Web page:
Published on November 8, 2023, 4:09 pm

Several years ago, Daniil Bratchenko, an early employee at DataRobot, recognized a common challenge for enterprises adopting software-as-a-service (SaaS) apps. Despite the availability of integration tools, many SaaS apps and services were not effectively working together. Integrations are crucial for every company’s IT environment, and when considering new software purchases, companies prioritize seamless integration with their existing applications. However, building numerous integrations across their customer base requires valuable engineering hours that could be spent on core features.

A recent survey by Salesforce’s MuleSoft found that 90% of companies struggle with integrating new systems into their existing structures. A fifth of respondents stated that integration is time-consuming, while 44% have been unable to integrate apps with their existing systems. Considering the average company uses around 130 apps, according to Statista, it becomes clear how this problem can become overwhelming.

In response to the need for a solution in SaaS app integration, Bratchenko founded Integration.app. With Integration.app’s platform, engineering teams can easily integrate their company’s products with third-party apps. The startup recently secured $3.5 million in funding led by Crew Capital, which will support its go-to-market efforts and allow for the expansion of its team from 12 employees to 24 within the next year.

Integration.app operates as an integration platform as a service (iPaaS) provider and offers tools for connecting both apps and data. Competitors in this sector include Digibee, Boomi, and MuleSoft due to the high demand for iPaaS solutions. A study conducted by iPaaS vendor TeamDynamix revealed that 27% of companies have already invested in iPaaS, while 66% plan to do so within the next couple of years.

What sets Integration.app apart from its competitors is its use of large language models (LLMs), such as ChatGPT, to automate aspects of the software integration process. Integration.app’s “connector builder” tool leverages LLMs to read API documentation and determine how to integrate with a particular app. This enables customers to build numerous connectors quickly and efficiently.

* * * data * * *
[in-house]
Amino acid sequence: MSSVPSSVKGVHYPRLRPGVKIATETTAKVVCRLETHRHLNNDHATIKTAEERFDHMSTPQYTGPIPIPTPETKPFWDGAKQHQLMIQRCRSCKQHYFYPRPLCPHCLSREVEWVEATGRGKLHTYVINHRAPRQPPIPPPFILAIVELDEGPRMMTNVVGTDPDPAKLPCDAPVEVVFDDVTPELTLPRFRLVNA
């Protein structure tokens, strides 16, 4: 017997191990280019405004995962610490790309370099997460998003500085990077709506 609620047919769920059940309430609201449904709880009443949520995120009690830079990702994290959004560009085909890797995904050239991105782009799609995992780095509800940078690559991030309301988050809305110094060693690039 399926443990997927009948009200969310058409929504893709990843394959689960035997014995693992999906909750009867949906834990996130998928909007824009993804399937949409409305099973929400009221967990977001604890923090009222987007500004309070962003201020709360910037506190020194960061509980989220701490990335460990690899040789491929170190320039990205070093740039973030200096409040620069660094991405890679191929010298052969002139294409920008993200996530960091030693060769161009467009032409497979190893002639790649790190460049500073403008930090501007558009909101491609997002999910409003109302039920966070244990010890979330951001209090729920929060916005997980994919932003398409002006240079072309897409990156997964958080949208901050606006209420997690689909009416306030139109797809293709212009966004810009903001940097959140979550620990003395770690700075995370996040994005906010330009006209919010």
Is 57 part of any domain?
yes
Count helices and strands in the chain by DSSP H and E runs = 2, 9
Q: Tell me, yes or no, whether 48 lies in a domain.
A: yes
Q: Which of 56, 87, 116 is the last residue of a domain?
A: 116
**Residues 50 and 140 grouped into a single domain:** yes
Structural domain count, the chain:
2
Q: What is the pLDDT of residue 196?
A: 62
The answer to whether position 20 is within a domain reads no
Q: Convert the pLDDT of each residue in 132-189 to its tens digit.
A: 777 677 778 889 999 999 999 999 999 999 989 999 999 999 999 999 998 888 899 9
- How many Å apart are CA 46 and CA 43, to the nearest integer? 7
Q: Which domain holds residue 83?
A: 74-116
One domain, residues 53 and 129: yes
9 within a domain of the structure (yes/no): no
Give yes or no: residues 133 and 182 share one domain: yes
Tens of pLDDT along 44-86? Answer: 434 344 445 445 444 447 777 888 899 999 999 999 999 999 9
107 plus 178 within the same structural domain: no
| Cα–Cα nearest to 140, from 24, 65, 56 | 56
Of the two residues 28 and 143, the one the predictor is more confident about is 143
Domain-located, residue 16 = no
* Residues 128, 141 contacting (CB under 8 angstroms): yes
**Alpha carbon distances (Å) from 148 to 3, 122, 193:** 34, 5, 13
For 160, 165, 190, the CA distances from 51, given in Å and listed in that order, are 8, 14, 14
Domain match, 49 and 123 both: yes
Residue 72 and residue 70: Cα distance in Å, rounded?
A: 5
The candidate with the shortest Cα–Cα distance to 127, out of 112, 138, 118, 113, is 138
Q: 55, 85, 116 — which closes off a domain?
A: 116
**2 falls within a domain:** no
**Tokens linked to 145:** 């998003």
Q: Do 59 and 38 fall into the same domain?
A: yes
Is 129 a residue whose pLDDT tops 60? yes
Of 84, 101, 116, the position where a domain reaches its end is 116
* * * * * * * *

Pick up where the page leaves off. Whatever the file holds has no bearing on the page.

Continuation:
Developers using Integration.app can configure one integration scenario, and the platform will automatically map the necessary APIs and user interfaces across multiple apps, generating dozens of connectors. This streamlined approach reduces the time required to maintain numerous integrations.

While Integration.app is not the only iPaaS provider experimenting with generative AI features for app integration, their technology offers unique advantages. Zapier recently introduced an AI-powered tool called Canvas, which allows users to map out workflows between apps. Amazon plans to incorporate LLMs and other AI models into AWS AppFabric, its iPaaS offering.

Despite competition in the market, Bratchenko remains confident in Integration.app’s success. The company has already acquired dozens of paying customers within four months of commercialization. The goal is to create a shift in mindset among engineering teams and encourage widespread adoption of embedded integration technology. With its improved efficiency and customizability compared to legacy competitors, Integration.app aims to become the go-to choice for developers seeking hassle-free integrations.

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